Oliver James
“This is a fascinating and important collection about the central significance of human relationships both in the generation of severe psychological distress and in its relief. It is essential reading for all those concerned with working with survivors of early trauma.”

Product Details

ISBN-13:
9781855758315
Publisher:
Karnac Books
Publication date:
11/28/2011
Pages:
236
Product dimensions:
6.25(w) x 9.25(h) x 0.70(d)

Related Subjects

Meet the Author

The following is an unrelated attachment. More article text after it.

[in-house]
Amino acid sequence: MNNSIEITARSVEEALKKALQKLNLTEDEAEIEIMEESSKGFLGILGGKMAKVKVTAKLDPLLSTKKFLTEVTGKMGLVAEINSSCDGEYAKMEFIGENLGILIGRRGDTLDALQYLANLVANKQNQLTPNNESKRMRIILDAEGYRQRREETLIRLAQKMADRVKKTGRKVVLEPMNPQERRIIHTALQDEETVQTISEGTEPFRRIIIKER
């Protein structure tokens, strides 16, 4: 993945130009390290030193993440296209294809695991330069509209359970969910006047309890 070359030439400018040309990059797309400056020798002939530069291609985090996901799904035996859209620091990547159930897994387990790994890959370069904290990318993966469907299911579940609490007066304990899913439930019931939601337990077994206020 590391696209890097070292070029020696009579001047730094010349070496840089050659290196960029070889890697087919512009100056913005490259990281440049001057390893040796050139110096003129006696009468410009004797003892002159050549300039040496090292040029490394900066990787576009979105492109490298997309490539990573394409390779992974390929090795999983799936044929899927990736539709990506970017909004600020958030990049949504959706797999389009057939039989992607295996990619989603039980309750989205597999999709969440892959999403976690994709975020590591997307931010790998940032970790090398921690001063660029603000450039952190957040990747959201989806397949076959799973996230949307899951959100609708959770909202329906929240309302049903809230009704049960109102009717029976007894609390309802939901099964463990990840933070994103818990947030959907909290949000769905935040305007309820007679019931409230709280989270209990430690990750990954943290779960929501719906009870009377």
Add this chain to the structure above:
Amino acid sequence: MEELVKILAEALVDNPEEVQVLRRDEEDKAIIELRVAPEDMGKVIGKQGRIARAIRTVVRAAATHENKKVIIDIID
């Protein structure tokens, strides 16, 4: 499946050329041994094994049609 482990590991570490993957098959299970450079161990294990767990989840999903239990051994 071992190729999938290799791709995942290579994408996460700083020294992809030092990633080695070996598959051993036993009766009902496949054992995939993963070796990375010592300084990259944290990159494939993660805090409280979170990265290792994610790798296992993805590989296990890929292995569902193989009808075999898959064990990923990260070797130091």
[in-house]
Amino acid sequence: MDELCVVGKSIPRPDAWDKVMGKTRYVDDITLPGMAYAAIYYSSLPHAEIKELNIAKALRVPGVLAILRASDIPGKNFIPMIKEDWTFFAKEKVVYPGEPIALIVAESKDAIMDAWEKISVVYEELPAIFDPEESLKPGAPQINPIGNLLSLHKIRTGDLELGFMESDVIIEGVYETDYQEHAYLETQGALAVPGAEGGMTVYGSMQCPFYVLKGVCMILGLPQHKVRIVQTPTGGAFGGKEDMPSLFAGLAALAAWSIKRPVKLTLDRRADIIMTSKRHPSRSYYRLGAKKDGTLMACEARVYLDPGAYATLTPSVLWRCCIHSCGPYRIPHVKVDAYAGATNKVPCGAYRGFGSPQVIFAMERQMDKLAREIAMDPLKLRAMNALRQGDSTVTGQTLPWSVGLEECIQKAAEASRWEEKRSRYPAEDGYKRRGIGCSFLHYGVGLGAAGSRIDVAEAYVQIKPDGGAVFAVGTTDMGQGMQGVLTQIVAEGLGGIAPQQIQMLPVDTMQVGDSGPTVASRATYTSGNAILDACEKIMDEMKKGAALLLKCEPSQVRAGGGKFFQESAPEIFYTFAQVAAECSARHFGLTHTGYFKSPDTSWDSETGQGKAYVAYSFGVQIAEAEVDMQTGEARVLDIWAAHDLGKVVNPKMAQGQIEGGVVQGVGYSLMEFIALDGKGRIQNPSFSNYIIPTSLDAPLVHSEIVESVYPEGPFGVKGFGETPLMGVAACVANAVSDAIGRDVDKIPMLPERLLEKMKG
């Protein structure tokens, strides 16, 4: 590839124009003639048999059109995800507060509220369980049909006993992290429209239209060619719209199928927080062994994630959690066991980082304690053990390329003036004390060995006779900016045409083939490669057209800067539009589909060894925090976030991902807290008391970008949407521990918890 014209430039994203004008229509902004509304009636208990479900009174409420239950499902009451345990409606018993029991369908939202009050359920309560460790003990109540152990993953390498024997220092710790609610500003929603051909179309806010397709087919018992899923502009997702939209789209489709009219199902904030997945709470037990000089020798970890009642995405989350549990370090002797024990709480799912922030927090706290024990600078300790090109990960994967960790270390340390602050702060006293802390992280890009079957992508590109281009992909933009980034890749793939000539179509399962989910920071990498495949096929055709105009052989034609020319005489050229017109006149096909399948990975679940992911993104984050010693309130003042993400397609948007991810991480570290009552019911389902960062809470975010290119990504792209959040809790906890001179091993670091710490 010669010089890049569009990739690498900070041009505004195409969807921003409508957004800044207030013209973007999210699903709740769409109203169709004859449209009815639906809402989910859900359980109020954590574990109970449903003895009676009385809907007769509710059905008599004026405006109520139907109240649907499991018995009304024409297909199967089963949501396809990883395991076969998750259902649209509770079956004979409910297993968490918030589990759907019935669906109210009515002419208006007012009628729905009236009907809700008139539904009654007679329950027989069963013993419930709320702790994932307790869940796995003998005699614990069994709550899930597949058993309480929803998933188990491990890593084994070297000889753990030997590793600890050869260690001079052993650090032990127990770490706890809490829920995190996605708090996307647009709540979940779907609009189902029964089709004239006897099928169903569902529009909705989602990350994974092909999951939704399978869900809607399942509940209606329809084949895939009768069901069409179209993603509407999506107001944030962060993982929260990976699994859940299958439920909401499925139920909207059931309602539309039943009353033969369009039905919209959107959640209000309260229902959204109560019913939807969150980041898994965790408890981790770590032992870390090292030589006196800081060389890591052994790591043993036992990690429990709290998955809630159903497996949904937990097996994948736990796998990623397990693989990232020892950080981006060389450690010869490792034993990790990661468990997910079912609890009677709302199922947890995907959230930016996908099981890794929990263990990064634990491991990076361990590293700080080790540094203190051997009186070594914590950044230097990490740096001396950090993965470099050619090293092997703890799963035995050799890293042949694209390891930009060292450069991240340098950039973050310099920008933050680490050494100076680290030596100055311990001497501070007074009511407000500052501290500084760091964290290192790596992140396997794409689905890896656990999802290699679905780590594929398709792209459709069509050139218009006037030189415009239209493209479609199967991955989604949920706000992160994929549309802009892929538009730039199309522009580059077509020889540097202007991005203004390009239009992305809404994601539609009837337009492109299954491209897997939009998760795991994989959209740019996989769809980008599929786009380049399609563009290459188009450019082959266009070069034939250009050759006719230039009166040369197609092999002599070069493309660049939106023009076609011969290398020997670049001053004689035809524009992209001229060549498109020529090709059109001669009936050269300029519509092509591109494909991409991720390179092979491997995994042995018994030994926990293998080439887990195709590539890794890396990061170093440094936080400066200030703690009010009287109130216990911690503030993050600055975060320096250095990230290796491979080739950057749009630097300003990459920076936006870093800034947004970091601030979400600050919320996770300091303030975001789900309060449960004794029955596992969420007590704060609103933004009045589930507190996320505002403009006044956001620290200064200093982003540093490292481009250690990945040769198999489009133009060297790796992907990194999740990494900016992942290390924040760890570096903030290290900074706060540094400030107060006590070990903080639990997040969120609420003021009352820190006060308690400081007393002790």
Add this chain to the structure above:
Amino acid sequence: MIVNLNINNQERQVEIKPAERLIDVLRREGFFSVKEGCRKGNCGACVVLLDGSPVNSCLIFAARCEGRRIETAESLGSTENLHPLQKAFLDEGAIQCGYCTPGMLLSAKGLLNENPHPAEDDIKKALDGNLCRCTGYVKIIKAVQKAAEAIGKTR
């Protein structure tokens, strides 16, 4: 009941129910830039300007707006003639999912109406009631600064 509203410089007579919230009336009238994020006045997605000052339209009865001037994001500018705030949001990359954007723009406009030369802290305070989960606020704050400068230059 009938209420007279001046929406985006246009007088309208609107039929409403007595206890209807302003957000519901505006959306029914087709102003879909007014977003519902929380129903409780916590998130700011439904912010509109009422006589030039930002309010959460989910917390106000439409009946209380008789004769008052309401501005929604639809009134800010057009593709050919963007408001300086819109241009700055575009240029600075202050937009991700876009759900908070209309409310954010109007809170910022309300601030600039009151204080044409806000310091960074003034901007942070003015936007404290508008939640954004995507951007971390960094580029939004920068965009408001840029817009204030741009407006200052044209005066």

Kate White is a training therapist, supervisor, and teacher at the Centre for Attachment-based Psychoanalytic Psychotherapy (CAPP). Formerly Senior Lecturer at South Bank University in the Department of Nursing and Community Health Studies, she has used her extensive experience in adult education to contribute to the innovative psychotherapy curriculum developed at CAPP. In addition to working as an individual psychotherapist, Kate runs workshops on the themes of attachment and trauma in clinical practice. Informed by her experience of growing up in South Africa, she has long been interested in the impact of race and culture on theory and on clinical practice.